Is TV really that important? (1, Funny)

Colin Smith (2679) | more than 7 years ago | (#17386432)

I mean, come on. Get a life.
 

Save your money (0, Flamebait)

FlynnMP3 (33498) | more than 7 years ago | (#17386438)

Choose neither. If you must choose something then pick a DLP rear projection screen. It might cost a small percentage more for an eqault screen size.

All these display technologies have drawbacks. Price, reliability, viewing angle, color purity, resolution (both kinds) longevitiy, contrast, ambient lighting conditions and space needed. Rate those criteria in order of importance to you and spend your money wisely.

I happen to think that DLP rear projection has the most value given all those criteria and the owner will be the happier longer with their purchase.

Or you could save your money and wait for SED or Laser TV or other new display technologies coming out soon. Or read books. Or spend some quality time with the family / significant other(s). Or play games. Or go meet the neighbors, become friends with them, and enjoy their TV instead. :)

Isn't this like asking... (1, Funny)

Anonymous Coward | more than 7 years ago | (#17386646)

"vi or EMACS?" or "Windows or Linux?" or "FreeBSD or BeOS?"

(okay, I'm kidding on the last one)

Third Option (2)

lbmouse (473316) | more than 7 years ago | (#17386680)

Save your money. How about a book? You can save even more by frequenting your local library.

I own both, (2, Informative)

torxic (939488) | more than 7 years ago | (#17386766)

and i say, each has it's own merit.

If these matter to you
1. Contrast Ratio
2. Dark Room Viewing
3. Colour Depth
4. Accuracy of colour reproduction

Choose Plasma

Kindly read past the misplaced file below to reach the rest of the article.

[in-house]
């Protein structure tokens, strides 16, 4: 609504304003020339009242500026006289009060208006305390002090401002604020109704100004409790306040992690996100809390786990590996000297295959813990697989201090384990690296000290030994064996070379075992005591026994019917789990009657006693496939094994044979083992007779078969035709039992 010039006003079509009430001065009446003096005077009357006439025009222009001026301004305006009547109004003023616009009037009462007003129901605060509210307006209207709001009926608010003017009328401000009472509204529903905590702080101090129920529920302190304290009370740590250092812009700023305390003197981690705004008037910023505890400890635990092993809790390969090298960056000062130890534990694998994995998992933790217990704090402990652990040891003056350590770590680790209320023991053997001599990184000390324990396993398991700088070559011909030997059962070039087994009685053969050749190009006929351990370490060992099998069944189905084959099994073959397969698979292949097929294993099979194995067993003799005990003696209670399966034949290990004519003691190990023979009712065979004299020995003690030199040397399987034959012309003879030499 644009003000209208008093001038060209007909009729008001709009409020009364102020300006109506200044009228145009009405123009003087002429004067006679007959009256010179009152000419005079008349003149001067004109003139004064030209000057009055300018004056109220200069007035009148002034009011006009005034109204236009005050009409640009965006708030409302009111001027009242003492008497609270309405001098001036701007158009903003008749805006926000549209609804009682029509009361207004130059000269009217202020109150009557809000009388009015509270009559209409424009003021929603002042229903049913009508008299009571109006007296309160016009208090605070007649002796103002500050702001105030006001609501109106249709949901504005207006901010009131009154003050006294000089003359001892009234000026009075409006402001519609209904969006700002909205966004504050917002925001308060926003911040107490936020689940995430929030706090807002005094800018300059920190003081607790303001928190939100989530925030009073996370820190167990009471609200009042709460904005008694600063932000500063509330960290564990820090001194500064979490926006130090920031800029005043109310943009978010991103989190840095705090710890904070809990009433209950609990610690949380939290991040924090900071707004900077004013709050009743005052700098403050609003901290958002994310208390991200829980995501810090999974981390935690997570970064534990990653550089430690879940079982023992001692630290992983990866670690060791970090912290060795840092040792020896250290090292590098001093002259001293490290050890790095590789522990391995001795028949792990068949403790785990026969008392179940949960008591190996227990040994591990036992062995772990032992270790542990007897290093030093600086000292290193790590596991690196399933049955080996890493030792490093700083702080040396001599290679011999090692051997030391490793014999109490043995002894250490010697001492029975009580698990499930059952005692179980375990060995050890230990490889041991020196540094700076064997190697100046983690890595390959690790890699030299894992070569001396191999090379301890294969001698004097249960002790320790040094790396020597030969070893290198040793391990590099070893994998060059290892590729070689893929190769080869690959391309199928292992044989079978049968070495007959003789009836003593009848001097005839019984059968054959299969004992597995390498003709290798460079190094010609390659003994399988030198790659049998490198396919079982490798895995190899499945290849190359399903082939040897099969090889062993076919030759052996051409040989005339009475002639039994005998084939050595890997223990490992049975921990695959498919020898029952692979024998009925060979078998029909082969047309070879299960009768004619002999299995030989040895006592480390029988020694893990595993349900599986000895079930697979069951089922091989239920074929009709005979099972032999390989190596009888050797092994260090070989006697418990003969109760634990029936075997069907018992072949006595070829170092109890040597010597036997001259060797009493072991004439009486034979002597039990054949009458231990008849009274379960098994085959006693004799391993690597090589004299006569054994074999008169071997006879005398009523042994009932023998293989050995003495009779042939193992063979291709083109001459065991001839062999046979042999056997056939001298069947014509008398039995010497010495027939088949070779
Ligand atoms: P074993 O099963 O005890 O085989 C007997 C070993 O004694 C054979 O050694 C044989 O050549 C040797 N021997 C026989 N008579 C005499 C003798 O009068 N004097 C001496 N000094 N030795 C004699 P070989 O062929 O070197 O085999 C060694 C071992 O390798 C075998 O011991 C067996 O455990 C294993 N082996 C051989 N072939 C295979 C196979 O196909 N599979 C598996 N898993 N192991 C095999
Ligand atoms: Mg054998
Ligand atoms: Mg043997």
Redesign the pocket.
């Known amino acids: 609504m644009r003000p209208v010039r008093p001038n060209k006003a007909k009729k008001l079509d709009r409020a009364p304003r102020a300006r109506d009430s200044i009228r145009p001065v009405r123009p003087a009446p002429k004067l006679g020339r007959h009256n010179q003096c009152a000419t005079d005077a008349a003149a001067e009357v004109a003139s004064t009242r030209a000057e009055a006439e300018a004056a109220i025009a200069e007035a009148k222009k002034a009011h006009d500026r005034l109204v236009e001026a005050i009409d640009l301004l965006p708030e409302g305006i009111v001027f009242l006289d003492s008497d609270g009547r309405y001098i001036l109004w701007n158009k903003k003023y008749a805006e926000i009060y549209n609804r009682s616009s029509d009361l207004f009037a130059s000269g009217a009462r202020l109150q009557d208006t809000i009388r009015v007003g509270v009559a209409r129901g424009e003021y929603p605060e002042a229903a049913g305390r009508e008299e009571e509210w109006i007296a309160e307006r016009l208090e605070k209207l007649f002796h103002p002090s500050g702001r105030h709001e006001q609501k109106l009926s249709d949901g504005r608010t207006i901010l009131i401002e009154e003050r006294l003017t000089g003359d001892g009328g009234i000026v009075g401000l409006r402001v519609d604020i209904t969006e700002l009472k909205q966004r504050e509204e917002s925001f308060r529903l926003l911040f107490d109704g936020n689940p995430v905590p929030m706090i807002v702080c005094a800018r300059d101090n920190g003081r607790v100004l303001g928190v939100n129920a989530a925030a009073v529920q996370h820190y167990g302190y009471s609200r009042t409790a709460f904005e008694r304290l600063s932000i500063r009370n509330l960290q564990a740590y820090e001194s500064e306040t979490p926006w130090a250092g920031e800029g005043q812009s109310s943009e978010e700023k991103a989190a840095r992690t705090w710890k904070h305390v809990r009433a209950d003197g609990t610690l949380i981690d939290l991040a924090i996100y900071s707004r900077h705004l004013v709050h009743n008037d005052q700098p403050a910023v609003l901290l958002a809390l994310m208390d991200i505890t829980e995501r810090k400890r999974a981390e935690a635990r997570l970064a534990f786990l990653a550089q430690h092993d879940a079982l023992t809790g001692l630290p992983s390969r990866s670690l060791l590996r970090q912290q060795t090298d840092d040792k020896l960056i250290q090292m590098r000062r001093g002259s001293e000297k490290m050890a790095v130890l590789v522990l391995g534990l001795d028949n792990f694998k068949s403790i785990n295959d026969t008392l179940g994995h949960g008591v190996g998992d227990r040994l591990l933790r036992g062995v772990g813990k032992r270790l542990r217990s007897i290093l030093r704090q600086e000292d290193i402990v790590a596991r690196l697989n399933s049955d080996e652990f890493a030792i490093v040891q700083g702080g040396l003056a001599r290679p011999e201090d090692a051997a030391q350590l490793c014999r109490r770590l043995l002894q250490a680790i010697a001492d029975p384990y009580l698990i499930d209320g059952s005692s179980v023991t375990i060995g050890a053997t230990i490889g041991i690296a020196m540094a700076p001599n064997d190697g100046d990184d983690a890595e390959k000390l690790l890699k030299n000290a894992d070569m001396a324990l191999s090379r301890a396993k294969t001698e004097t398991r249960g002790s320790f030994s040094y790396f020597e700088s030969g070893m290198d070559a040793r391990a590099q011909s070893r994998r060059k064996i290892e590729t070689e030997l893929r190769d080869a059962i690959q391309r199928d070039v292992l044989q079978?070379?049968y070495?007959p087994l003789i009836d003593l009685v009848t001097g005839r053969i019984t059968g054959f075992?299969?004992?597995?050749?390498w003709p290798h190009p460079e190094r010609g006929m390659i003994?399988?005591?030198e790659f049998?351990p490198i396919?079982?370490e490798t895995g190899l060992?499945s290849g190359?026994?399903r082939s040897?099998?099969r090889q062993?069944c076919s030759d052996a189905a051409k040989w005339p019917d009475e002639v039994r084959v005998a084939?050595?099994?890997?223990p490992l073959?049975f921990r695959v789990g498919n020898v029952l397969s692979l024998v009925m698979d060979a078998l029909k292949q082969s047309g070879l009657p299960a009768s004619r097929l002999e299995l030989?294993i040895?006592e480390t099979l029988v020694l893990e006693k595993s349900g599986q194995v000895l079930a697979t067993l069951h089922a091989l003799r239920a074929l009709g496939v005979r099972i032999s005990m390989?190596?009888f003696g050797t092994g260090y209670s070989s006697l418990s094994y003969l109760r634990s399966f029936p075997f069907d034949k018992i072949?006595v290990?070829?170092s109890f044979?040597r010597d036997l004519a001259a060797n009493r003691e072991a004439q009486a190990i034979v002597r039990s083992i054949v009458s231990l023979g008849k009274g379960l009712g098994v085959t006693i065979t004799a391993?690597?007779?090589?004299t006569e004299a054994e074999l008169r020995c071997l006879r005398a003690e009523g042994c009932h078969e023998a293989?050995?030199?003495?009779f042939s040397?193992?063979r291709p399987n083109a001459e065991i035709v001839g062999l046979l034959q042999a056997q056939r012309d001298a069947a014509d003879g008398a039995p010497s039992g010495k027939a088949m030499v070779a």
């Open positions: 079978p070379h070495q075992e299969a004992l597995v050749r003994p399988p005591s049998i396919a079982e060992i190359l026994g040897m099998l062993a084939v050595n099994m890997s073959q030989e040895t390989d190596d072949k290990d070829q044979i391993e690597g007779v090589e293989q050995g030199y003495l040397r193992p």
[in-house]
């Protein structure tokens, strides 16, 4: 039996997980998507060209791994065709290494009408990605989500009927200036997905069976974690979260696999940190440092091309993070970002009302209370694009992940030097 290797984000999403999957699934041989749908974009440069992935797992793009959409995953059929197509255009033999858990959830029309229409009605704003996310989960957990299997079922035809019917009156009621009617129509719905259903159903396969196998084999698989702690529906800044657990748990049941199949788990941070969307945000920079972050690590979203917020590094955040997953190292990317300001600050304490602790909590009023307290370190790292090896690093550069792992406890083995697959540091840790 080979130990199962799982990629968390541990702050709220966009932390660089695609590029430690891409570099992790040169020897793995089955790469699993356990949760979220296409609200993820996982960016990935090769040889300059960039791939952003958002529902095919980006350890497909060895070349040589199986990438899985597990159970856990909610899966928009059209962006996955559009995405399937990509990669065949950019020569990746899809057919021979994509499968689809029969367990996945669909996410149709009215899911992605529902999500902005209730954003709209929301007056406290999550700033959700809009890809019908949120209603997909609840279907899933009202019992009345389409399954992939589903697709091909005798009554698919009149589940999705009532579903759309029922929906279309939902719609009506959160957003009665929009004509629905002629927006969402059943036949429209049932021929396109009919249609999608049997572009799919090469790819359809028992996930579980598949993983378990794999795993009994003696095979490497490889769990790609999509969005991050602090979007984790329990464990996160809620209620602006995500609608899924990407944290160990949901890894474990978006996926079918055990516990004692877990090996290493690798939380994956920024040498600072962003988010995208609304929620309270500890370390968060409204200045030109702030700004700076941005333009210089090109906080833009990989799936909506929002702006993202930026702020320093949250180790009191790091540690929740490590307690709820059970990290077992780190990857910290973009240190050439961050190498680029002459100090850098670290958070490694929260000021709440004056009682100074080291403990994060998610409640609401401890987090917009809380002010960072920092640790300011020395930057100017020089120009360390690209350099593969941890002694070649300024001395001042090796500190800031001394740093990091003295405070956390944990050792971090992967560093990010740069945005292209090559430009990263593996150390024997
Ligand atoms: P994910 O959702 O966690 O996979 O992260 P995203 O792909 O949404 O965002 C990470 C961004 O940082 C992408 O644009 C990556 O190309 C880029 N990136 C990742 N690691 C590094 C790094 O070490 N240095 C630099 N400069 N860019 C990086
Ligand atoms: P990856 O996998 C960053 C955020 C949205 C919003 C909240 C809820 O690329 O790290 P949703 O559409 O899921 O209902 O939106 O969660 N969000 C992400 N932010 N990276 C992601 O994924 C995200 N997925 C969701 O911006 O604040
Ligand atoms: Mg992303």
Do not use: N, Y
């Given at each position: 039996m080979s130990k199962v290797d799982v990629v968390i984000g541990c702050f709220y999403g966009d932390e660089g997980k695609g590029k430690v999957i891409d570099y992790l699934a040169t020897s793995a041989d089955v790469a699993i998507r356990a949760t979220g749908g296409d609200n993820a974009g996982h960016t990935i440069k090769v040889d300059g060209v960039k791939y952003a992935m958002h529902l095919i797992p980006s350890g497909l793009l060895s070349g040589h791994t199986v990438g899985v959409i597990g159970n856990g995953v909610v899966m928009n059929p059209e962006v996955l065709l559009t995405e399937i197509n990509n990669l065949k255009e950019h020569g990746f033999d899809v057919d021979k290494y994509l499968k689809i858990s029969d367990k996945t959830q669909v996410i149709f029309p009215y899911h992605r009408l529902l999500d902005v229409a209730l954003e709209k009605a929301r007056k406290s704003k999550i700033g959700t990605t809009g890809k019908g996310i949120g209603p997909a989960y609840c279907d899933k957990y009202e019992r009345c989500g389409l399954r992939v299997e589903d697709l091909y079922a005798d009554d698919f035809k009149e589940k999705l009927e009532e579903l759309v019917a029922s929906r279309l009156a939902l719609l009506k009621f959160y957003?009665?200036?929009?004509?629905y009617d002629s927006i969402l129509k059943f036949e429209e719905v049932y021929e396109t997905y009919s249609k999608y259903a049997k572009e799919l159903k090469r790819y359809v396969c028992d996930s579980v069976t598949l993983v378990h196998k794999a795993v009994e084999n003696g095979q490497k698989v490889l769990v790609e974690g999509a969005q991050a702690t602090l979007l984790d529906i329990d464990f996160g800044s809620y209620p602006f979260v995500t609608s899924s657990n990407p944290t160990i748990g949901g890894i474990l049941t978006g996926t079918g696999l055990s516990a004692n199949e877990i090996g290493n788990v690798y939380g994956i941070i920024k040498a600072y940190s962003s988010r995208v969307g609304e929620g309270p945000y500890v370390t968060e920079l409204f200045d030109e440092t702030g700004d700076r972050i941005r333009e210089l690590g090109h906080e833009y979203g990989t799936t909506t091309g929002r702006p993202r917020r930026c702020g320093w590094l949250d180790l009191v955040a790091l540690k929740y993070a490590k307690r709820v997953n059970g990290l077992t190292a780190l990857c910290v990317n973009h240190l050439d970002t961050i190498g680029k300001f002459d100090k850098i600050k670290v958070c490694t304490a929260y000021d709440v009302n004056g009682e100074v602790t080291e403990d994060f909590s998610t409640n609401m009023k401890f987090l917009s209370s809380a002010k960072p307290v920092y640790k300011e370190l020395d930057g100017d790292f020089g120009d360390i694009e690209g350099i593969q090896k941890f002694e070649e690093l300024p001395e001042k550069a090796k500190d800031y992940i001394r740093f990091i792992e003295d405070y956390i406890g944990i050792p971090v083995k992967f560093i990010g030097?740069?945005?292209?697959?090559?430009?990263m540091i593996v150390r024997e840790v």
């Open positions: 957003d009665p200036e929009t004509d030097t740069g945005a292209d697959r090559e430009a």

Else If these matter to you
1. Being able to view in a bright room, without having to max contrast n brightness
2. Pixel Count
3. Saving energy cost
4. Longevity

Then take a LCD.

I know many people shun Plasma due to the burn in issue, all i can say is that choose Panasonic and you won't go wrong. Now, one year later, after plentiful abuse, i can't find a single hint of burn-in. Look through any A/V forums and you'll find the same thing - Pannys are almost insusceptible to burn-in.

Neither (1)

scdeimos (632778) | more than 7 years ago | (#17386808)

I've never been impressed with the black levels on either LCD or Plasma panels - they both suck, although Plasma is (usually) better.

It's said that Plasma panels no longer suffer from burn-in, but they have too-short a warranty for me to take that gamble. HDR LCD [slashdot.org] panels should be coming out in 2007, and will certainly give Plasma a shot to the head. Panasonic is panicking and trying to clear-out their Plasma stocks because they perceive the impending threat.

For my money, I'm holding out for SED (Surface-conduction Electron-emitter Display) [canon.com] panels. Millions of CRT's in a flat panel - neither LCD nor Plasma will be able to match its colour gamut, tonal range nor its power consumption. Now if only Canon and Toshiba (the SED research and production partners) would get off their butts and launch them to markets outside of Japan, instead of cancelling US demonstrations [nikkeibp.co.jp] , I'd actually go out and buy one. Although I'd probably settle for a HDR LCD if SED never arrives.

my plasma experience (2, Informative)

Rylfaeth (138910) | more than 7 years ago | (#17386934)